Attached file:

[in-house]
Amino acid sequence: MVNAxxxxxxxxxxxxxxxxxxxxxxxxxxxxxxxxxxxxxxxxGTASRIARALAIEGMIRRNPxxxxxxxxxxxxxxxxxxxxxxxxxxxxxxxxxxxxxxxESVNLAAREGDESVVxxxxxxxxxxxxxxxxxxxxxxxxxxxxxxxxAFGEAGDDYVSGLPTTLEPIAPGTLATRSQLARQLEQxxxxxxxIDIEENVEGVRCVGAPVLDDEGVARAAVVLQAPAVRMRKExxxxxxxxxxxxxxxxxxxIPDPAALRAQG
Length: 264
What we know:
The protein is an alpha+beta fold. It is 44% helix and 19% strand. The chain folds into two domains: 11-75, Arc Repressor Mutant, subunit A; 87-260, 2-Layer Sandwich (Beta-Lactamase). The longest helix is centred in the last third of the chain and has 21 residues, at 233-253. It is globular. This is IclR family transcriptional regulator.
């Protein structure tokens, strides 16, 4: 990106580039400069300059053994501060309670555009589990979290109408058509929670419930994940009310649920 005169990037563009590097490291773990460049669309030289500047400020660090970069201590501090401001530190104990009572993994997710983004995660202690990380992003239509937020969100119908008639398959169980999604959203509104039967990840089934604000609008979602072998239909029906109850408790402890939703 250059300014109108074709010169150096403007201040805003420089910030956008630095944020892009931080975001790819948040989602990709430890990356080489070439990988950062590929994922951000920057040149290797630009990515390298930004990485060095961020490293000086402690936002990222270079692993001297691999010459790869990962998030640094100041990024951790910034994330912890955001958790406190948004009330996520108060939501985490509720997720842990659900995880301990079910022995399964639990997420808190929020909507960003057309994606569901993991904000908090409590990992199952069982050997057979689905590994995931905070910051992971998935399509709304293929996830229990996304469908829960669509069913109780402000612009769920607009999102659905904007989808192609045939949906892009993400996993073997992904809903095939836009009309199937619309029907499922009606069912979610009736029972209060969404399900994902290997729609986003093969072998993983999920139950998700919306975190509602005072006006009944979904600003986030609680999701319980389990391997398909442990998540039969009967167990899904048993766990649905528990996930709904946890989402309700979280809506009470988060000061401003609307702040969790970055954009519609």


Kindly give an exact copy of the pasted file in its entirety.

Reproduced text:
[in-house]
Amino acid sequence: MVNAxxxxxxxxxxxxxxxxxxxxxxxxxxxxxxxxxxxxxxxxGTASRIARALAIEGMIRRNPxxxxxxxxxxxxxxxxxxxxxxxxxxxxxxxxxxxxxxxESVNLAAREGDESVVxxxxxxxxxxxxxxxxxxxxxxxxxxxxxxxxAFGEAGDDYVSGLPTTLEPIAPGTLATRSQLARQLEQxxxxxxxIDIEENVEGVRCVGAPVLDDEGVARAAVVLQAPAVRMRKExxxxxxxxxxxxxxxxxxxIPDPAALRAQG
Length: 264
What we know:
The protein is an alpha+beta fold. It is 44% helix and 19% strand. The chain folds into two domains: 11-75, Arc Repressor Mutant, subunit A; 87-260, 2-Layer Sandwich (Beta-Lactamase). The longest helix is centred in the last third of the chain and has 21 residues, at 233-253. It is globular. This is IclR family transcriptional regulator.
């Protein structure tokens, strides 16, 4: 990106580039400069300059053994501060309670555009589990979290109408058509929670419930994940009310649920 005169990037563009590097490291773990460049669309030289500047400020660090970069201590501090401001530190104990009572993994997710983004995660202690990380992003239509937020969100119908008639398959169980999604959203509104039967990840089934604000609008979602072998239909029906109850408790402890939703 250059300014109108074709010169150096403007201040805003420089910030956008630095944020892009931080975001790819948040989602990709430890990356080489070439990988950062590929994922951000920057040149290797630009990515390298930004990485060095961020490293000086402690936002990222270079692993001297691999010459790869990962998030640094100041990024951790910034994330912890955001958790406190948004009330996520108060939501985490509720997720842990659900995880301990079910022995399964639990997420808190929020909507960003057309994606569901993991904000908090409590990992199952069982050997057979689905590994995931905070910051992971998935399509709304293929996830229990996304469908829960669509069913109780402000612009769920607009999102659905904007989808192609045939949906892009993400996993073997992904809903095939836009009309199937619309029907499922009606069912979610009736029972209060969404399900994902290997729609986003093969072998993983999920139950998700919306975190509602005072006006009944979904600003986030609680999701319980389990391997398909442990998540039969009967167990899904048993766990649905528990996930709904946890989402309700979280809506009470988060000061401003609307702040969790970055954009519609």